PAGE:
AGATE-II is a phase-III trial carried out in Egypt, evaluating OBV plus PTV/r with RBV for GT4-infected patients, including those with compensated cirrhosis.[27] In total, 160 patients were enrolled, 100 noncirrhotic and 60 compensated cirrhotic patients. Half were treatment-experienced (61% prior null responders, 24% prior relapsers and 15% partial responders). Noncirrhotic patients received co-formulated OBV plus PTV/R once daily plus weight-based RBV for 12 weeks. Patients with compensated cirrhosis were randomized into two arms with the same regimen for 12 weeks and 24 weeks, respectively. SVR12 rates were high 94% (94/100) in the noncirrhotic arm: one patient failed while on treatment, one discontinued by withdrawing consent, data were missing in another, and three patients relapsed. SVR12 in the 12-week cirrhotic arm was 97% (30/31), with a single patient failing on treatment, and SVR12 in the 24-week arm was 96% (27/29), with missing data in one patient during follow-up and one on-treatment failure. The most common adverse events were fatigue (12%) and headache (15%). Extension of therapy to 24 weeks did not provide any additional benefits in cirrhotic patients, and there were more adverse events and a higher haemoglobin decrease in this arm.

3.2.2 Elbasvir plus grazoprevir
Elbasvir is an NS5A inhibitor, active against genotypes 1, 2a, 3, 4, 5 and 6. Grazoprevir is an NS3/4 protease inhibitor that is active against HCV genotypes 1, 2, 4, 5 and 6.[11]
The C-EDGE treatment-naïve study was an international, randomized, blinded, placebo-controlled trial investigating the combination of EBR 50 mg plus GZR 100 mg in one daily pill for 12 weeks in treatment-naive cirrhotic and noncirrhotic patients with chronic HCV genotype 1, genotype 4 and genotype 6 infection.[28] The overall SVR12 rate for all genotypes was 95%. SVR12 in GT4 treatment-naive patients was 100% (18/18). RASs were analysed in GT4 patients at baseline. NS3 RASs were present in seven of 18 (39%) patients, NS5A RASs in nine of 18 (50%) patients, and both RASs (NS5A and NS3) were found in two patients. In this study, the presence of RASs did not have an impact on SVR12 in GT4 patients. The most common adverse events in the cohort were headache (17%), fatigue (16%) and nausea (9%).

The C-EDGE treatment-experienced study evaluated the efficacy of a 12-week or 16-week regimen in HCV-infected patients who had failed PegIFN treatment. Patients received a one-pill regimen of EBR plus GZR with or without weight-based RBV.[29] SVR12 rates in GT4 patients receiving the 12-week regimen without or with RBV were 78% (7/9) and 93% (14/15), respectively. SVR12 rates in those receiving the 16-week regimen without or with RBV were 60% (3/5) and 100% (8/8), respectively. Baseline RASs and subgenotypes did not seem to have an impact on SVR12 rates.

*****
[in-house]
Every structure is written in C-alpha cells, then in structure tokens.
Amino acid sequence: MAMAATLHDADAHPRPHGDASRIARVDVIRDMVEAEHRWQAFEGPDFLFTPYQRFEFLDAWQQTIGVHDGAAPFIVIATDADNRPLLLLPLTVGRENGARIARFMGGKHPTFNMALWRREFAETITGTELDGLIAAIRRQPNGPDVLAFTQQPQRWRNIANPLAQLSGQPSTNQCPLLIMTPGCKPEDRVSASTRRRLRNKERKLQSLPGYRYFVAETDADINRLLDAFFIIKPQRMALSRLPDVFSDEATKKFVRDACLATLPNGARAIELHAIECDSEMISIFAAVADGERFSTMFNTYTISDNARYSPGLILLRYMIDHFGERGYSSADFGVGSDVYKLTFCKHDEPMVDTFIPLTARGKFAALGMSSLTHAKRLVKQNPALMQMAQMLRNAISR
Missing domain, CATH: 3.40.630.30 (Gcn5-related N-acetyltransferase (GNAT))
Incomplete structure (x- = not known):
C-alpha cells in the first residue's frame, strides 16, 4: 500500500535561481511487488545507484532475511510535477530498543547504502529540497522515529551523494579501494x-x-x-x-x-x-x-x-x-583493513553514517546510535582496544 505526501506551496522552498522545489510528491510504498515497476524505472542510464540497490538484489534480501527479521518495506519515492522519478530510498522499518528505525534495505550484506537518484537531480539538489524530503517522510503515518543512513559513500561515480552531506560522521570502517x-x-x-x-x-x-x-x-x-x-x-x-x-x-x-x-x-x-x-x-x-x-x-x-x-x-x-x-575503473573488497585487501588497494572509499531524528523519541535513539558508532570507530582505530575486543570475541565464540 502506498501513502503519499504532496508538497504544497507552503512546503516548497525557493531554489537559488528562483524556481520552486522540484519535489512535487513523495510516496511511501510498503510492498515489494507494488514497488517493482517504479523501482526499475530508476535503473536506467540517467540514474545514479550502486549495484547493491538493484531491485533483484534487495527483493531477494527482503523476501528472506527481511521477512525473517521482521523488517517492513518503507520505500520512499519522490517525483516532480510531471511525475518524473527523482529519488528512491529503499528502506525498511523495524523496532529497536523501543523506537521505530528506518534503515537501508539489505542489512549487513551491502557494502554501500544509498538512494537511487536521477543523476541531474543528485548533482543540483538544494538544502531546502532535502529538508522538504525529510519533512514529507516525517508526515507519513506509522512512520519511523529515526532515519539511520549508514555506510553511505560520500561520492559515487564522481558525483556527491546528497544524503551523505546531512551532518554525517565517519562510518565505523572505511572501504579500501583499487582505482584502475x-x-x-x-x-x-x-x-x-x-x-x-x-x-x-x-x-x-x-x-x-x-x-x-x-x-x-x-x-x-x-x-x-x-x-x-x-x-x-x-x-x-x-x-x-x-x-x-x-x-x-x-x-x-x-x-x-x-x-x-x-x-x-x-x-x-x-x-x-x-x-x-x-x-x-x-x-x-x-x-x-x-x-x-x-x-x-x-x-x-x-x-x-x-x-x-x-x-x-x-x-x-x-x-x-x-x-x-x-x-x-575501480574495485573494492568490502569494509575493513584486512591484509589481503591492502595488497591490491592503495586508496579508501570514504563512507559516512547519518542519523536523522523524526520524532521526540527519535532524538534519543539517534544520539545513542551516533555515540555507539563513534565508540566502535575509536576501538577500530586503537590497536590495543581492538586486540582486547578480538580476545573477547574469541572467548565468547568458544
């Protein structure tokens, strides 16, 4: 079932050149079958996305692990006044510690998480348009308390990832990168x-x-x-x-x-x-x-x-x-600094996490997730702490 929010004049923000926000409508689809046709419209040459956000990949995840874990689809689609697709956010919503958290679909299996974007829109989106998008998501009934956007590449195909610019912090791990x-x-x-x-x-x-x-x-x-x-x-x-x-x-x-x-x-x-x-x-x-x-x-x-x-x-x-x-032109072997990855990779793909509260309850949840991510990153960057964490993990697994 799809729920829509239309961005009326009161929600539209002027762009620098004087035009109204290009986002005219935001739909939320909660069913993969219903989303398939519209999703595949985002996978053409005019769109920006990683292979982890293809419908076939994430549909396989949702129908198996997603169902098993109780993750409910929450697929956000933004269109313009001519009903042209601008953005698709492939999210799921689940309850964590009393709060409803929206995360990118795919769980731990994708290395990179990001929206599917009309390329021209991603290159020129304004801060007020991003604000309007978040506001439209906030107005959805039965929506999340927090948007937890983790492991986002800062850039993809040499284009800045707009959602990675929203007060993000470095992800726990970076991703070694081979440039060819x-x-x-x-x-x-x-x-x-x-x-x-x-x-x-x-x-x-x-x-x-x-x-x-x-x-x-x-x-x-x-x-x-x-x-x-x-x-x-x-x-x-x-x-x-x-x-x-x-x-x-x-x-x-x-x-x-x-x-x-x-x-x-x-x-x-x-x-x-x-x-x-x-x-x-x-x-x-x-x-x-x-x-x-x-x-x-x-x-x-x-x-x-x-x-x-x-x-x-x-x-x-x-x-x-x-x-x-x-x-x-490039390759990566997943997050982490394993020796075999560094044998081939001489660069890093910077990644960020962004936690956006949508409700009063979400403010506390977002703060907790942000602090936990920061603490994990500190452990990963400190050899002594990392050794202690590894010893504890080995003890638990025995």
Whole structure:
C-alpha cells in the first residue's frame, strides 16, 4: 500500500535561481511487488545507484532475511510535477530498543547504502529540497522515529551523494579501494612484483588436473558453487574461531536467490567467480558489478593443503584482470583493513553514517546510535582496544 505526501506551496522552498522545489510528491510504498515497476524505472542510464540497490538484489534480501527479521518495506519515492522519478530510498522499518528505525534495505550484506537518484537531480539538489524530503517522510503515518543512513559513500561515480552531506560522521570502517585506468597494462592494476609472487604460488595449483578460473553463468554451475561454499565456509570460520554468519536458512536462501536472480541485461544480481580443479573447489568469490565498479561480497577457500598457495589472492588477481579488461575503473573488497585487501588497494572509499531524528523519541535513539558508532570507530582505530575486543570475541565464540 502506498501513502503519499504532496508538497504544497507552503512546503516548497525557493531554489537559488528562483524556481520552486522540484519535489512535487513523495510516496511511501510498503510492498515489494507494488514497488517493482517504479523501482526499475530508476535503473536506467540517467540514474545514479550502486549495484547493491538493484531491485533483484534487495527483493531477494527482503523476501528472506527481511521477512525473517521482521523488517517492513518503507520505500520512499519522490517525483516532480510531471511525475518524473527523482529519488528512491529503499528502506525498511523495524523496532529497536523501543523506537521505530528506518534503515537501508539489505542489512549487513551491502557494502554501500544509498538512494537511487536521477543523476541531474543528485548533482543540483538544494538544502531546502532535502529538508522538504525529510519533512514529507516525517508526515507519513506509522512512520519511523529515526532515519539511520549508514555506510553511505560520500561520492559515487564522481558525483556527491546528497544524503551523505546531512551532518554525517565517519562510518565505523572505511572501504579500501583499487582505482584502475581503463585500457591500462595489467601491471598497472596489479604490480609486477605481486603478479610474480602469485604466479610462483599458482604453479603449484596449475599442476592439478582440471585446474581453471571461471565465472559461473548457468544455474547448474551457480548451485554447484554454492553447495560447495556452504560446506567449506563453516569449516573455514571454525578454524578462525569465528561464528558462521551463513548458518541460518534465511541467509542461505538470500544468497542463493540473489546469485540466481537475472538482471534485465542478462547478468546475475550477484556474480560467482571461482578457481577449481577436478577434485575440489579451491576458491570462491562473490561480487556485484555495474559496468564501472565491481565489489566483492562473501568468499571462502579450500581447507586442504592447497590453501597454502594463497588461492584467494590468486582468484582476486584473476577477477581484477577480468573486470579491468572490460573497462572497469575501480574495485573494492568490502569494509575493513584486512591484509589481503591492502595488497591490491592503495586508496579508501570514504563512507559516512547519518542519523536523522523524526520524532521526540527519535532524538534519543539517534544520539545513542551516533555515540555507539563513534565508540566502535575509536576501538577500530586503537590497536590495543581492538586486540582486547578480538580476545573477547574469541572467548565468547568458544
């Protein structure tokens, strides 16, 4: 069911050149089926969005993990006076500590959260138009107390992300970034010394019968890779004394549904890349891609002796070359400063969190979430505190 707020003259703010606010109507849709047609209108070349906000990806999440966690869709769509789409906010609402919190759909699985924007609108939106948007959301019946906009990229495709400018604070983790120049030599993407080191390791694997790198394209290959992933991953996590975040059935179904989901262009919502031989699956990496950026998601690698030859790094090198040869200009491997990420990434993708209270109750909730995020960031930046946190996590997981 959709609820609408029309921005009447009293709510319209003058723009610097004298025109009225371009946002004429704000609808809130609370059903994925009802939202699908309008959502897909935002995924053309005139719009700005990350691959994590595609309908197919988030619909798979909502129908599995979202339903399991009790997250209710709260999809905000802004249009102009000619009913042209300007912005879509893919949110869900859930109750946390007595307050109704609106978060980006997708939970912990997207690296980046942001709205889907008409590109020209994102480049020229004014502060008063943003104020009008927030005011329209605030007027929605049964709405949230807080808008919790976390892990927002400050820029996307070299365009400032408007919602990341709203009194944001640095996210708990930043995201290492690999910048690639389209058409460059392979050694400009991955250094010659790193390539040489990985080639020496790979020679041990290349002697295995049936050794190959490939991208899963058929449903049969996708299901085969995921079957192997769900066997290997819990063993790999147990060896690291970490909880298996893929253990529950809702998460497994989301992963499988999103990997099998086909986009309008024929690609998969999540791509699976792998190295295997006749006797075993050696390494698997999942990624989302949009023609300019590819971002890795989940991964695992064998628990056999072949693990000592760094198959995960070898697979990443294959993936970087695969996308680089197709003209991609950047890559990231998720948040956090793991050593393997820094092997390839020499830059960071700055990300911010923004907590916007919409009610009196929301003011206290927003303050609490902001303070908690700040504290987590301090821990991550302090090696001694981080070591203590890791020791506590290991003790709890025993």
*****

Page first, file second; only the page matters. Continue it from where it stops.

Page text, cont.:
Asselah et al.[30] reported data from phase-II and phase-III studies including a total of 103 GT4-infected patients treated with EBR/GZR. Sixty-six treatment-naïve patients were enrolled to receive EBR/GZR for 12 weeks and another 10 patients received the same regimen plus weight-based RBV for 12 weeks. Ninety-six (54/56) patients achieved SVR12 in the RBV-free regimen, one patient was lost to follow-up, and other relapsed. In the RBV regimen, SVR12 rates were 100% (10/10). Treatment-experienced patients were divided into four arms, 12 weeks or 16 weeks of treatment with or without weight-based RBV. SVR12 rates were higher in the 16-week regimens and RBV-associated regimens than in the 12-week regimens or RBV-free regimens. Two patients in the 12-week regimen relapsed, one in the RBV-associated regimen and the other in the RBV-free regimen. The other two patients failed on treatment in the 16-week regimen without RBV. All treatment-naive patients who had NS5A RASs at baseline achieved SVR12. In total, 81% (13/16) of treatment-experienced patients who achieved SVR12 had NS5A RASs at baseline, and 100% of treatment-experienced patients with NS3 RASs at baseline achieved SVR12.

The 12-week regimen without RBV is an attractive combination for treatment-naïve patients and PegIFN relapsers, including patients with compensated cirrhosis. In treatment-failed patients, 16-week therapy duration is associated with a higher SVR12 (Table 4).